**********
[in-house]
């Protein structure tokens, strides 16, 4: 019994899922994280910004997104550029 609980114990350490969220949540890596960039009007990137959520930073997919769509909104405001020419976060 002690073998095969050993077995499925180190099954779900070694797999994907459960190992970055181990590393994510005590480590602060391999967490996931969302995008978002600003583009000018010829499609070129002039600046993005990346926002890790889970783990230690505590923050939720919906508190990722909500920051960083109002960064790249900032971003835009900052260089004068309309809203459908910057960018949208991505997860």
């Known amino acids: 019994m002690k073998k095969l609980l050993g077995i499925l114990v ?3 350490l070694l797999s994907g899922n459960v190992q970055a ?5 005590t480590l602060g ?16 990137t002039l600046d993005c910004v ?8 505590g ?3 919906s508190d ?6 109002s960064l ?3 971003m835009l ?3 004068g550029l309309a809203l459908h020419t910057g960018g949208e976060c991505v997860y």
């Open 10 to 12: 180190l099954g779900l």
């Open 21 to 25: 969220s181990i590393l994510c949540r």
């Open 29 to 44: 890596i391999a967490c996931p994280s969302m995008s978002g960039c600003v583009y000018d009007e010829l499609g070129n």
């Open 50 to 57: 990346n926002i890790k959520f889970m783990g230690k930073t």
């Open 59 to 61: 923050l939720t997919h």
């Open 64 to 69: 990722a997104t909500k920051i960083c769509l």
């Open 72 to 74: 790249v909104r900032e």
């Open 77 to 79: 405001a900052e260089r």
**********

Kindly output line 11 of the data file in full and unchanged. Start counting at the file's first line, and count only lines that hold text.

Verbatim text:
């Open 77 to 79: 405001a900052e260089r």